“Nobody can go back and start a new beginning, but anyone can start today and make a new ending.” – Maria Robinson

It’s January 3rd and the year is freshly minted but still quite the newborn who is just beginning to open its eyes and learn to cry.  How much can happen in three days and how can we possibly derail ourselves so quickly?  Ha!  What happened to my plan to eat healthy after New Year’s?  Well, who doesn’t need a greasy breakfast to tame a hangover?  What happened to exercising every day?  Well, I was really tired from eating that greasy breakfast and the hangover and needed to rest for a while.  That is the funny thing about life.  It just sort of happens no matter how much planning you do.  Hence, the need to avoid resolutions.

I woke up this morning inspired and ready to get back to work.  It has been two weeks since I have actually sat down at my desk and even thought about the work that lies ahead of me.  I abandoned efforts to build my website and decided to give my clients a reprieve from follow-up emails (I guessed that no one would actually be around to respond anyway).  But, today, the world woke up again.  I got my energy flowing with a 6am kickboxing class – which always sparks both my mental and physical juices – and then was ready to take on the day.  As I sat here at my desk, trying to continue my commitment to my new ritual of writing every morning (which has actually taken a holiday since last year too), I looked for some inspiration.  The last few days have been personally very challenging and have initiated a lot of thoughts in my mind about the fluidity of life.  I used to think that our lives had a linear path with some clear-cut choices.  Even now, whenever I lament about “what could have been”, it is usually in the context of a road I could have chosen and implies that, by not taking that road, it has adversely impacted the entire outcome of my life.  Of course, that is simply not the case.  Decisions certainly impact our outcomes in both positive and negative ways and, since life is fluid and we are always changing, we need to continually revisit our decisions and strategies.

From a professional standpoint, I have often looked at people who have stayed in one job for many years or who have chosen careers that did not require them to re-invent themselves after downsizing or boredom hit.  The idea of such career longevity is so tantalizing to me because it suggests (albeit falsely) the you have a level of security and assurance that the course chosen was the right one because it sustained you for so long.  In my discussions with people who have chosen such careers as well as with those who have had multiple careers in their life, they all agree that the linear career path has its pros and cons.  Many people have told me that the only reason they have stayed with one company for 10 or 20 years was out of fear of leaving.  They feared losing their pension or other perks that came with the tenure of being with a company for so long.  They worried about how they might function and thrive in another organization where they were not a known entity and did not have advocates to support them.  Those same people have told me that they envy those who have the opportunity to figure themselves out and create new career paths for themselves at midlife because their needs have changed along with their ideals about their jobs and careers.  The grass is always greener on the other side.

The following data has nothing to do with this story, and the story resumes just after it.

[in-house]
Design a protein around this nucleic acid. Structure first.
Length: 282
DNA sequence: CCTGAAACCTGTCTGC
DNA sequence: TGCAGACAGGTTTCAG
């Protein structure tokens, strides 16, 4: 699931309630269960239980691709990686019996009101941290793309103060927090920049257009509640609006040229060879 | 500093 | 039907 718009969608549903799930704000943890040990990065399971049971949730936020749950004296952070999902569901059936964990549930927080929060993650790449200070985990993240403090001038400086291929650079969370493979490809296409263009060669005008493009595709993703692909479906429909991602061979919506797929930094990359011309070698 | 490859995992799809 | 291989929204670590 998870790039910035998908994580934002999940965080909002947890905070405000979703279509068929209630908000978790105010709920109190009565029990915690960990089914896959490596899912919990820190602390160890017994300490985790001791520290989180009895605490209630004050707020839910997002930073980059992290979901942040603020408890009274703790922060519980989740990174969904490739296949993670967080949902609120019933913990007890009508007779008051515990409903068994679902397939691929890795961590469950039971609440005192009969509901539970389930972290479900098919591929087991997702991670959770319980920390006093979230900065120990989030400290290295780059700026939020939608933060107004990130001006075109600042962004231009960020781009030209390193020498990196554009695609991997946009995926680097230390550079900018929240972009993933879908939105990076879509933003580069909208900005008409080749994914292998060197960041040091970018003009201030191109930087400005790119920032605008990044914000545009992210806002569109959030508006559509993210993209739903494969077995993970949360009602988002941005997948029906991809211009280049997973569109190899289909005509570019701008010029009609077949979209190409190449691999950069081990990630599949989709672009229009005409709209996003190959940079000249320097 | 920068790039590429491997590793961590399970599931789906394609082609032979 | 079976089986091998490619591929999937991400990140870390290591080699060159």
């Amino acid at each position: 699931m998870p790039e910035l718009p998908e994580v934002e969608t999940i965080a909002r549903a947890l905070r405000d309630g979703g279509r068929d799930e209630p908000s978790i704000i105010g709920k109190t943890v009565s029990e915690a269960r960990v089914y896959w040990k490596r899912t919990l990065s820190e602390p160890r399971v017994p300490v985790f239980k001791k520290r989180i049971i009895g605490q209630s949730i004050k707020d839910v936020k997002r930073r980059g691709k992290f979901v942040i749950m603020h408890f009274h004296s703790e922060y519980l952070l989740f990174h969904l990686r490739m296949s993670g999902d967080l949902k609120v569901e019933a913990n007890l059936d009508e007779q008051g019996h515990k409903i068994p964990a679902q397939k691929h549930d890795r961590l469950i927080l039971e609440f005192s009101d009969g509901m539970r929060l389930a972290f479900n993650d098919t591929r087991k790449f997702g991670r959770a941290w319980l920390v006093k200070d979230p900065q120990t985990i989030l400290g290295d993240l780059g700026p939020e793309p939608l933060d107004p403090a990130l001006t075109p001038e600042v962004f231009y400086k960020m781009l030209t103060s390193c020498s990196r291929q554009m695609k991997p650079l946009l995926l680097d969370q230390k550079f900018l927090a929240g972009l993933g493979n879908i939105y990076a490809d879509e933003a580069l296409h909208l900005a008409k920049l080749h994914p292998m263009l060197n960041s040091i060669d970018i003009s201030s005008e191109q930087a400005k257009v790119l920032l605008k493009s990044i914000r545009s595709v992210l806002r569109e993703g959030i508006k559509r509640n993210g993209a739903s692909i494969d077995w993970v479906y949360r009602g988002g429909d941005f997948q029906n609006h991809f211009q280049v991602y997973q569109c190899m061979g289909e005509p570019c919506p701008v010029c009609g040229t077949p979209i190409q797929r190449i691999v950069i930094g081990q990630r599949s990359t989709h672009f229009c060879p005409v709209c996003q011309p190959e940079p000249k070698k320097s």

Life is complicated and very scary at times because it feels like so much rides on every decision we make.  We can definitely get caught up in the notion that every decision is make-or-break and there is no room for a do-over.  It is a very overwhelming feeling because what if we make the wrong choice but don’t realize it until it is too late?  In truth, we are making little decisions all the time.  We typically only focus on the big ones that seem to have great impact.  Yesterday, I was talking with a friend about how we have to decide to continually recommit ourselves to the various parts of our life – our careers, our marriages, our friendships, our life goals.  It is so easy for us to take these things for granted, assuming they will run on auto-pilot simply because we made a decision at some point that this is what we wanted.  Because we are constantly morphing, it is critical that we check in with ourselves and with our relationships to ensure that we are tending to these and making sure they are still aligned with our ever-evolving selves.

Today, as I am wrapping up this blog post and getting ready to tackle the rest of the items on my list, I am deciding to both believe in my decision-making skills (most of the time, they are good and my friends often tell me to trust my gut) and be conscious about my commitments in all aspects of my life.  Life is moving really fast and I don’t want to find out that 20 years has gone by and I forgot to look up.

2 thoughts on “SHIFTING GEARS

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